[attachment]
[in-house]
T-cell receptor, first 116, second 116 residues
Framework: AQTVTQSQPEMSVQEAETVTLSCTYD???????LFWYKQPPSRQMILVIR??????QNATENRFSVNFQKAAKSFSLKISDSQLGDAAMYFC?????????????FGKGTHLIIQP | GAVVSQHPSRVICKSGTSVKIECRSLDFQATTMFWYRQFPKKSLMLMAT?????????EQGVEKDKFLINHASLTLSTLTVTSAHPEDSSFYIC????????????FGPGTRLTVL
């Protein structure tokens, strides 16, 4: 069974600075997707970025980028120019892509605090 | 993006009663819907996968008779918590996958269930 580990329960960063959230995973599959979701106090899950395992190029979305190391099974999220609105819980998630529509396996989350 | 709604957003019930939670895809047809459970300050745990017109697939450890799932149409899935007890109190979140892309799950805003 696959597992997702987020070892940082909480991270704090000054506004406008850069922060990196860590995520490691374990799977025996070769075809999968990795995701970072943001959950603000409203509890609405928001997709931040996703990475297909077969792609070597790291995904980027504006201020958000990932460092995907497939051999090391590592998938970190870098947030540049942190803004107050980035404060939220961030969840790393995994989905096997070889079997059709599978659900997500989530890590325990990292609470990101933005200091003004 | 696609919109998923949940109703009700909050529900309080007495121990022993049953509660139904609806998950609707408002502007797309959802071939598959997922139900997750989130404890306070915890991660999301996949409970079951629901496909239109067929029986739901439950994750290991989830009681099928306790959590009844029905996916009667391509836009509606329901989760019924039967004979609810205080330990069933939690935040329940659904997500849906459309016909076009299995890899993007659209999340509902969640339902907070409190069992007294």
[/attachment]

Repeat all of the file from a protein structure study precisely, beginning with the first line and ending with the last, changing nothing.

[in-house]
T-cell receptor, first 116, second 116 residues
Framework: AQTVTQSQPEMSVQEAETVTLSCTYD???????LFWYKQPPSRQMILVIR??????QNATENRFSVNFQKAAKSFSLKISDSQLGDAAMYFC?????????????FGKGTHLIIQP | GAVVSQHPSRVICKSGTSVKIECRSLDFQATTMFWYRQFPKKSLMLMAT?????????EQGVEKDKFLINHASLTLSTLTVTSAHPEDSSFYIC????????????FGPGTRLTVL
């Protein structure tokens, strides 16, 4: 069974600075997707970025980028120019892509605090 | 993006009663819907996968008779918590996958269930 580990329960960063959230995973599959979701106090899950395992190029979305190391099974999220609105819980998630529509396996989350 | 709604957003019930939670895809047809459970300050745990017109697939450890799932149409899935007890109190979140892309799950805003 696959597992997702987020070892940082909480991270704090000054506004406008850069922060990196860590995520490691374990799977025996070769075809999968990795995701970072943001959950603000409203509890609405928001997709931040996703990475297909077969792609070597790291995904980027504006201020958000990932460092995907497939051999090391590592998938970190870098947030540049942190803004107050980035404060939220961030969840790393995994989905096997070889079997059709599978659900997500989530890590325990990292609470990101933005200091003004 | 696609919109998923949940109703009700909050529900309080007495121990022993049953509660139904609806998950609707408002502007797309959802071939598959997922139900997750989130404890306070915890991660999301996949409970079951629901496909239109067929029986739901439950994750290991989830009681099928306790959590009844029905996916009667391509836009509606329901989760019924039967004979609810205080330990069933939690935040329940659904997500849906459309016909076009299995890899993007659209999340509902969640339902907070409190069992007294």